Review: Touch and Go

I was compensated for this review by the BlogHer Book Club. The opinions expressed are my own.

I don’t know why I’m always skeptical of the term “thriller.”

Something about it is just very assuming. Unlike just calling a book a memoir (which it just is) or non-fiction (which, again, is just stating fact), thriller implies that simply by reading this book, I will be thrilled. Titillated. On the edge of my seat.

Like I said. Bold assumptions.

So when I received my copy of Touch and Go by Lisa Gardner, overtly billed as a thriller, I may have raised a single, skeptical eyebrow a couple of degrees.

After finishing, though, I stand corrected.


Touch and Go starts out with the abduction of an entire family. The Denbes (who are the kind of wealthy-yet-seemingly-down-to-earth that few people manage to successfully portray in real life. Husband and father Justin Denbe owns one of the largest architectural firms in the country, staffed by a colorful band of suspectsgentlemen he has know forever. Gallant and all-American on the surface, we quickly learn he’s not the awesome family man he pretends to be.

Libby Denbe’s business card reads something like “devoted wife and mother, part-time jewelry designer, full-time doormat.” Fully aware of the cracks in we family, she too has started harboring her own nasty habits and secrets. Oh, also, she’s 110 pounds. I know this because she tells you at least three times. Get over yourself, Libby.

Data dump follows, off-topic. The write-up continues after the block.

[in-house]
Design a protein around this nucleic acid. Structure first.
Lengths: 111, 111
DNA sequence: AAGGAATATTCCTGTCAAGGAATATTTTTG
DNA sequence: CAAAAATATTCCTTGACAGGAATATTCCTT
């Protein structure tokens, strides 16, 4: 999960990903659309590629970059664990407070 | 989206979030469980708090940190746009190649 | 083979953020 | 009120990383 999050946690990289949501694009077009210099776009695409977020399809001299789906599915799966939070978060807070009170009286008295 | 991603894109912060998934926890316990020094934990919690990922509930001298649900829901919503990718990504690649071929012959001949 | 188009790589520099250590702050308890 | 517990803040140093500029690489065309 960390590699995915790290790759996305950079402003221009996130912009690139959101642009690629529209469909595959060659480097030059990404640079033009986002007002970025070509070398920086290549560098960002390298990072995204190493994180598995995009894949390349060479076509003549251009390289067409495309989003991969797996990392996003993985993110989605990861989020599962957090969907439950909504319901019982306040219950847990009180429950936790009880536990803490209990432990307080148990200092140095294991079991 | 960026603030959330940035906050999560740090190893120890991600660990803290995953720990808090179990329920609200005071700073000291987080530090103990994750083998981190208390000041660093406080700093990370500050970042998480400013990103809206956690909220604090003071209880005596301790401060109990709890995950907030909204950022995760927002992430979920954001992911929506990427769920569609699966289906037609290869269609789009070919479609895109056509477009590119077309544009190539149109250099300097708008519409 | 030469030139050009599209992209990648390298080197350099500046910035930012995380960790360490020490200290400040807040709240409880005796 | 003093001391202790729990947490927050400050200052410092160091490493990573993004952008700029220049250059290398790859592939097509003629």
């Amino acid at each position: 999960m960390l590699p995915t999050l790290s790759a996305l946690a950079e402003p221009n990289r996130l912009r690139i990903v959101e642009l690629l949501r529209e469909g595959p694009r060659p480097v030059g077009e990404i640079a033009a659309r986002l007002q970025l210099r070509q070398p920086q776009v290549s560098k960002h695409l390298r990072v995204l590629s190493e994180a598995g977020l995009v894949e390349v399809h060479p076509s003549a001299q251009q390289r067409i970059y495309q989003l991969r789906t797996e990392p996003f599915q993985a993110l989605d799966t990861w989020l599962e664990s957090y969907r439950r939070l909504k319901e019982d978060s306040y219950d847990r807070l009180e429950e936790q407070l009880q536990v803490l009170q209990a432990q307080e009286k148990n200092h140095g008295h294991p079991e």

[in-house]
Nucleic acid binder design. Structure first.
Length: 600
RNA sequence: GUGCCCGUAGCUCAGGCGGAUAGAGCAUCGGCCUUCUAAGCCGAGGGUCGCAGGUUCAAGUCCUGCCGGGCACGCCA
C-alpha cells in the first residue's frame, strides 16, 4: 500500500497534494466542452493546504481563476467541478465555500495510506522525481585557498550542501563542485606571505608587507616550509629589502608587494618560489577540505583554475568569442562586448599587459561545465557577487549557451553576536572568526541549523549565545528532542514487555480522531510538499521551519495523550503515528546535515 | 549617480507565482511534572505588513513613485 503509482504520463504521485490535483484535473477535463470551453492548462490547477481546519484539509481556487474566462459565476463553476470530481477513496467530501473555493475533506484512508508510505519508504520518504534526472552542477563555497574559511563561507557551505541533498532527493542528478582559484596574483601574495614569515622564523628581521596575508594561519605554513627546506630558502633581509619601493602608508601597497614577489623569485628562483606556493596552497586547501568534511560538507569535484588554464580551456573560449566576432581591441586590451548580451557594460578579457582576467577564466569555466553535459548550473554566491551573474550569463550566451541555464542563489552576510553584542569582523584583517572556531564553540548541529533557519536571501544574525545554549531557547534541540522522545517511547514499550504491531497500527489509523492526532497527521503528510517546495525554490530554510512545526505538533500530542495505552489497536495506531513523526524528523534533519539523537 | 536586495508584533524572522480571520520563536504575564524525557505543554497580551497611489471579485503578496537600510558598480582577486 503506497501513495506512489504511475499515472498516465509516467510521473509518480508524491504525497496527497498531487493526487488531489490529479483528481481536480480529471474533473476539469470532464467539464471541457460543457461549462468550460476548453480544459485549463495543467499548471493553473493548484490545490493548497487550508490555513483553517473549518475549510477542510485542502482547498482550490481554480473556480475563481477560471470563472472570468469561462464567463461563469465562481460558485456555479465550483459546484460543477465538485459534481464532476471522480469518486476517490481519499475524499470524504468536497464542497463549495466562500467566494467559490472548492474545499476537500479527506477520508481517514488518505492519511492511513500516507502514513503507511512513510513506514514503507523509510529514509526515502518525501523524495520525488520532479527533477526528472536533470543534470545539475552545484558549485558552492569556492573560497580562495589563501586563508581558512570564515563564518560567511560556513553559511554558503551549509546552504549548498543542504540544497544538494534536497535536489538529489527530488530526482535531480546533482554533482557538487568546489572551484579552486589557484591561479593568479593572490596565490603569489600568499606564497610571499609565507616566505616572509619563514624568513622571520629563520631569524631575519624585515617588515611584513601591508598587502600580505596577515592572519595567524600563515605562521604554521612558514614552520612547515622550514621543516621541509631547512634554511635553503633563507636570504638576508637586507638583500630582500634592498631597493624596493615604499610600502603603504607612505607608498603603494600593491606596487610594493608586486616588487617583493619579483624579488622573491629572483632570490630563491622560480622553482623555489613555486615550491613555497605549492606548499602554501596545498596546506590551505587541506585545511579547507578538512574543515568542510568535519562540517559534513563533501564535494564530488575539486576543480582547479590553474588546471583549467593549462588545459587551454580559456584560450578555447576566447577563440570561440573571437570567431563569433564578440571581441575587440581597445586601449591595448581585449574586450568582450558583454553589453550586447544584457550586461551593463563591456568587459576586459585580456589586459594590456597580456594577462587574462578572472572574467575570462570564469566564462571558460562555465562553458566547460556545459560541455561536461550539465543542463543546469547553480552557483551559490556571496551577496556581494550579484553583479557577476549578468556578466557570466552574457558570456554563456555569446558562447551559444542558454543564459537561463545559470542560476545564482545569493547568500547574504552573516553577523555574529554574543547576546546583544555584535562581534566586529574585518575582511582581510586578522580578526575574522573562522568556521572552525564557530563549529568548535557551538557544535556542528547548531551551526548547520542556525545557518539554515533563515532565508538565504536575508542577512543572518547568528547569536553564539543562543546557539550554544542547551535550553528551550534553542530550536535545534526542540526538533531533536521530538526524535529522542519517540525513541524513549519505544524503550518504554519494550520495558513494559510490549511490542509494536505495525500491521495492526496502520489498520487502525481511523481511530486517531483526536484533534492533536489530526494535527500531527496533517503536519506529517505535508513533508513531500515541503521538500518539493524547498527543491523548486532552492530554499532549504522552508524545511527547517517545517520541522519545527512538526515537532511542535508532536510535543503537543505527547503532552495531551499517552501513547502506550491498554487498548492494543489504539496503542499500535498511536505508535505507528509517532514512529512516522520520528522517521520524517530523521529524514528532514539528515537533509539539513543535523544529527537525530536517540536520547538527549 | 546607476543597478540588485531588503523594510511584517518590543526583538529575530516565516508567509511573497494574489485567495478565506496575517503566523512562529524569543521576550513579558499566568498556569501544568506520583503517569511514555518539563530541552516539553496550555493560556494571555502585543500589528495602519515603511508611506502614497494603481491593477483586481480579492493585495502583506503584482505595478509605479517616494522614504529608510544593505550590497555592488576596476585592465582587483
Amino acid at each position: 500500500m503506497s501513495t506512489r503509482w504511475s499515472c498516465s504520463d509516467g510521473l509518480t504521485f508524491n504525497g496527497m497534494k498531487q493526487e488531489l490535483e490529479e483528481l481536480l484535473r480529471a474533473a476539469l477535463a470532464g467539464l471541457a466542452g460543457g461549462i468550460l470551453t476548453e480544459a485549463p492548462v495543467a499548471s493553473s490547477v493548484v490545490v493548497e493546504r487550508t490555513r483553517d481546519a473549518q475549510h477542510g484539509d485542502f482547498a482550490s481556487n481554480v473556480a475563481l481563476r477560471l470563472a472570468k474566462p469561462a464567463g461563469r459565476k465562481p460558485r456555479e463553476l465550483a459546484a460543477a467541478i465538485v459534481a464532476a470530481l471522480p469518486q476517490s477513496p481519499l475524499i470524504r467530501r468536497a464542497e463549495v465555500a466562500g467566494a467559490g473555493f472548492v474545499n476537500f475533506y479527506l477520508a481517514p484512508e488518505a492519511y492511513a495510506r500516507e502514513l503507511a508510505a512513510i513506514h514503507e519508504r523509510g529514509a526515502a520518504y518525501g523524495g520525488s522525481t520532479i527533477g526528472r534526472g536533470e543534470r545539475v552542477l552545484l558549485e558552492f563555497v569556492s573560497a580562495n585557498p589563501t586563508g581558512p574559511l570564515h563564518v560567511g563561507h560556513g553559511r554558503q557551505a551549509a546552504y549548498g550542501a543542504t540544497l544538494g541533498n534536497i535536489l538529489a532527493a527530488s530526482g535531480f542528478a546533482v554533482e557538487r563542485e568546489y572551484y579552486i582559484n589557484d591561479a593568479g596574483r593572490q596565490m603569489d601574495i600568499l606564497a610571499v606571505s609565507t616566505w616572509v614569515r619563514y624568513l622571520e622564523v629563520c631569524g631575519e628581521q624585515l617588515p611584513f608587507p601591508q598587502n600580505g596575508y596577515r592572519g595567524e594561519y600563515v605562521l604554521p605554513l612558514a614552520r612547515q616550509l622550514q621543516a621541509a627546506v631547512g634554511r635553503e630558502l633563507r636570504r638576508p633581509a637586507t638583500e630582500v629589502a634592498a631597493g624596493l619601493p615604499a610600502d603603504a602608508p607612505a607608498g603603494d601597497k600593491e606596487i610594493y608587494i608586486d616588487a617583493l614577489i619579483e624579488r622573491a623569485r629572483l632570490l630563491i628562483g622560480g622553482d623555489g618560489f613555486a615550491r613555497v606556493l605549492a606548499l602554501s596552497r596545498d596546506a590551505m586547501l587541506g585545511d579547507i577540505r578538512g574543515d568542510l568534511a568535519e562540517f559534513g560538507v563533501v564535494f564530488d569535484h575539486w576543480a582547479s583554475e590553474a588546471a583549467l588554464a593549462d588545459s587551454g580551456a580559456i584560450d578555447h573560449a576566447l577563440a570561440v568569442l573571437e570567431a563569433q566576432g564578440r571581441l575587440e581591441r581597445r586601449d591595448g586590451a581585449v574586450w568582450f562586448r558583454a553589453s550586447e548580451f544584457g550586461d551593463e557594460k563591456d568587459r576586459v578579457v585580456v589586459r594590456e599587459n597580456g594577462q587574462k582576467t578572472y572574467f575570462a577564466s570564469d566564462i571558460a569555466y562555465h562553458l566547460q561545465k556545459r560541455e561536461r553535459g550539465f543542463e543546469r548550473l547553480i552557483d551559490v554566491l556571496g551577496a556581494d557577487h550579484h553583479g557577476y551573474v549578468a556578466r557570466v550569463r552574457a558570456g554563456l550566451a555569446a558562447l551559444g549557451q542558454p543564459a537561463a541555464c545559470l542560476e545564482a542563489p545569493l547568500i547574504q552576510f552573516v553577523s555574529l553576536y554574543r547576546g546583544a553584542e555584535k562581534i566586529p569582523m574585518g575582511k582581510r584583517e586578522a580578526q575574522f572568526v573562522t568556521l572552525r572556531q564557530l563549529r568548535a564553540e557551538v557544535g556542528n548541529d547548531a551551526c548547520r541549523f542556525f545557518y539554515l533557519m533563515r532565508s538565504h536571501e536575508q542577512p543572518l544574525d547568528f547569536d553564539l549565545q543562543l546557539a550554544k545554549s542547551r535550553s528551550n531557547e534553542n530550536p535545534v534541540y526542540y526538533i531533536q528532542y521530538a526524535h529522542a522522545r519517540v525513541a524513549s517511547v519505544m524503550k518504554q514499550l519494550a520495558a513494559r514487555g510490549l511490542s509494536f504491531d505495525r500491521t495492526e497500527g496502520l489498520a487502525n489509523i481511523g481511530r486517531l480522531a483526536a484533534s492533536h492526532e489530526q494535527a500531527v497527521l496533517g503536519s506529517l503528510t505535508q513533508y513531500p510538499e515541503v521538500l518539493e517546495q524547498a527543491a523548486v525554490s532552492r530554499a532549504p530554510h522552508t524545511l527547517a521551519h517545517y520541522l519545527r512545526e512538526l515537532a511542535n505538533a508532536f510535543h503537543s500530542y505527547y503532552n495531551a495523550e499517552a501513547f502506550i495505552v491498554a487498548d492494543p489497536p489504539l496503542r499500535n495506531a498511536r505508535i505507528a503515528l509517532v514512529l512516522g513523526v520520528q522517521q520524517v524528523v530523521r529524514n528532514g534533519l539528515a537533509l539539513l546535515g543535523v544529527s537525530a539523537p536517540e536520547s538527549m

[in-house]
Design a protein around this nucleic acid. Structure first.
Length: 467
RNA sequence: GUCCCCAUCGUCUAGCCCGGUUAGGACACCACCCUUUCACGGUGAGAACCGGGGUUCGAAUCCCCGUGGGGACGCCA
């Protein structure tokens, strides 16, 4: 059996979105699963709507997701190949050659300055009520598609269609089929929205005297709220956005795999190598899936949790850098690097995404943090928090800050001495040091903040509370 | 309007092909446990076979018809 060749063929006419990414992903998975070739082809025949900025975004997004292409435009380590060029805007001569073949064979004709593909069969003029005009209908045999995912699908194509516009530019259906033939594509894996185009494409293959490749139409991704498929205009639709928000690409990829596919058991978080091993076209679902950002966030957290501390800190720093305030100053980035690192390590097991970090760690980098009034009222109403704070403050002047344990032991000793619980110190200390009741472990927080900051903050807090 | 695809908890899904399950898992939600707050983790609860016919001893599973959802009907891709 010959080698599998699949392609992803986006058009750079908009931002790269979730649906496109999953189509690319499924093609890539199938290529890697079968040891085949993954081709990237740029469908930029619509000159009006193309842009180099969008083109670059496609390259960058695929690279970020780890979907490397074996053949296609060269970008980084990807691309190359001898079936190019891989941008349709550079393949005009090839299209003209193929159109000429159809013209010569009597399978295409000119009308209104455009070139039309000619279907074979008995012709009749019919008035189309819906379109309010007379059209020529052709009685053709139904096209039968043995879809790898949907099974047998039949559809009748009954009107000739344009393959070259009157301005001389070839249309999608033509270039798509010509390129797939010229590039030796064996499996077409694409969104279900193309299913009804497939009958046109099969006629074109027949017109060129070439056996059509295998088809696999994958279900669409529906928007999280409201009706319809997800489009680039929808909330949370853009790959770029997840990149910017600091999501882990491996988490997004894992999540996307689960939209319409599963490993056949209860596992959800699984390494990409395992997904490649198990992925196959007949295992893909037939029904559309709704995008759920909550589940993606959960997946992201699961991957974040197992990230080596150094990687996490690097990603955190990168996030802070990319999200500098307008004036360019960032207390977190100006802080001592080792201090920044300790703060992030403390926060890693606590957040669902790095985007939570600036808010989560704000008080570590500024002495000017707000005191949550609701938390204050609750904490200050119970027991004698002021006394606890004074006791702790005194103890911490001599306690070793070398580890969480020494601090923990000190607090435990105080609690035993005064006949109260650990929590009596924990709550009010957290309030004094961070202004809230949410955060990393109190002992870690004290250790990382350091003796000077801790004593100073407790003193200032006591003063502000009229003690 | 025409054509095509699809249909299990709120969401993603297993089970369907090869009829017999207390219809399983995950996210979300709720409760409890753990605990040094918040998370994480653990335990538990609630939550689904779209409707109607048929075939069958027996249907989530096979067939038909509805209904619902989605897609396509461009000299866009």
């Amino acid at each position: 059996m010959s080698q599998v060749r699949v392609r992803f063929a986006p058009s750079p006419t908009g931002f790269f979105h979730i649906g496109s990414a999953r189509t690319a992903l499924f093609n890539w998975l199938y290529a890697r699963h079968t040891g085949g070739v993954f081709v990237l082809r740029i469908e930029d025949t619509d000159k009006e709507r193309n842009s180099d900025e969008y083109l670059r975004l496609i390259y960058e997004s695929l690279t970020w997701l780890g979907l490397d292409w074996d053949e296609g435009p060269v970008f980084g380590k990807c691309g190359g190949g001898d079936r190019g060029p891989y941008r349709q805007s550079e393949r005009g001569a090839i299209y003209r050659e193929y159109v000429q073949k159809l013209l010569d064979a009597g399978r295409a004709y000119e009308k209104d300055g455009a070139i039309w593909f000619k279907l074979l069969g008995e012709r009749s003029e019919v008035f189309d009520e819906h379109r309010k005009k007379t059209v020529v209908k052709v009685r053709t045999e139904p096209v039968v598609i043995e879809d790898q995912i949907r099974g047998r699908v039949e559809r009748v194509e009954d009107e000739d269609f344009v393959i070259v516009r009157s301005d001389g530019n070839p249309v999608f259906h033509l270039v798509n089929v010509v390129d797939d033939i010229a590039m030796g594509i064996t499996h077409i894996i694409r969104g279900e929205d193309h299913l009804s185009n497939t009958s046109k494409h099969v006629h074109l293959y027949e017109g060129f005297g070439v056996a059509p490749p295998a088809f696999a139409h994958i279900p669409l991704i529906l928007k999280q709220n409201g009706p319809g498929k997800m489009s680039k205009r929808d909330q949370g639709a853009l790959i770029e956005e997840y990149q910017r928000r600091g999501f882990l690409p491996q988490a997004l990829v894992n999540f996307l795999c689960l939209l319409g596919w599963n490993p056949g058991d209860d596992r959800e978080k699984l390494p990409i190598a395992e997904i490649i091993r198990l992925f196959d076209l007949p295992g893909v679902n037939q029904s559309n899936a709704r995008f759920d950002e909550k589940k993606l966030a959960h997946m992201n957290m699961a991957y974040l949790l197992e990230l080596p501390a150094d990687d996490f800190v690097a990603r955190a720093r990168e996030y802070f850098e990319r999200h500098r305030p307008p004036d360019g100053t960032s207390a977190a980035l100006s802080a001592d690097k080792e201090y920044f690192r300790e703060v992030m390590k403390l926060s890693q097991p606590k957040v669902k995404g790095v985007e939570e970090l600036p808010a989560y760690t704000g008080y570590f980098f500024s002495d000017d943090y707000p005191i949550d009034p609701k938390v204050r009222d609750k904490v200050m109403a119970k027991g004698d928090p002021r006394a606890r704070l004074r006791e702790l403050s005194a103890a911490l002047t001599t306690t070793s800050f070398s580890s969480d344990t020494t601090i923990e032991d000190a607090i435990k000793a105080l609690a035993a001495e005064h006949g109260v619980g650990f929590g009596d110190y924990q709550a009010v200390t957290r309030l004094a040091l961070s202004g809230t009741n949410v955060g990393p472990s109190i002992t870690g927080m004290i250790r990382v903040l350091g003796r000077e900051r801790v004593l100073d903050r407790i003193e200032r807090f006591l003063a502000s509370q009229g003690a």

And, of course, Ashlyn, their angsty-yet-fully-aware 15-year-old daughter.

The book leaps from Libby’s perspective in captivity as her family unravels and pulls together (with rather dynamic shifts) to the point of view of the various sheriffs, FBI agents, and private investigators trying to find them.

And, yes, the ending twists will have you on the edge of your seat.

All in all, I highly recommend the book. While it’s not exactly an instant classic, it’s a fun ride and well-written.

Am I the only one with this weird prejudice against thrillers? Does anyone have similar feelings about other genres?

Join the conversation at the BlogHer Book Club.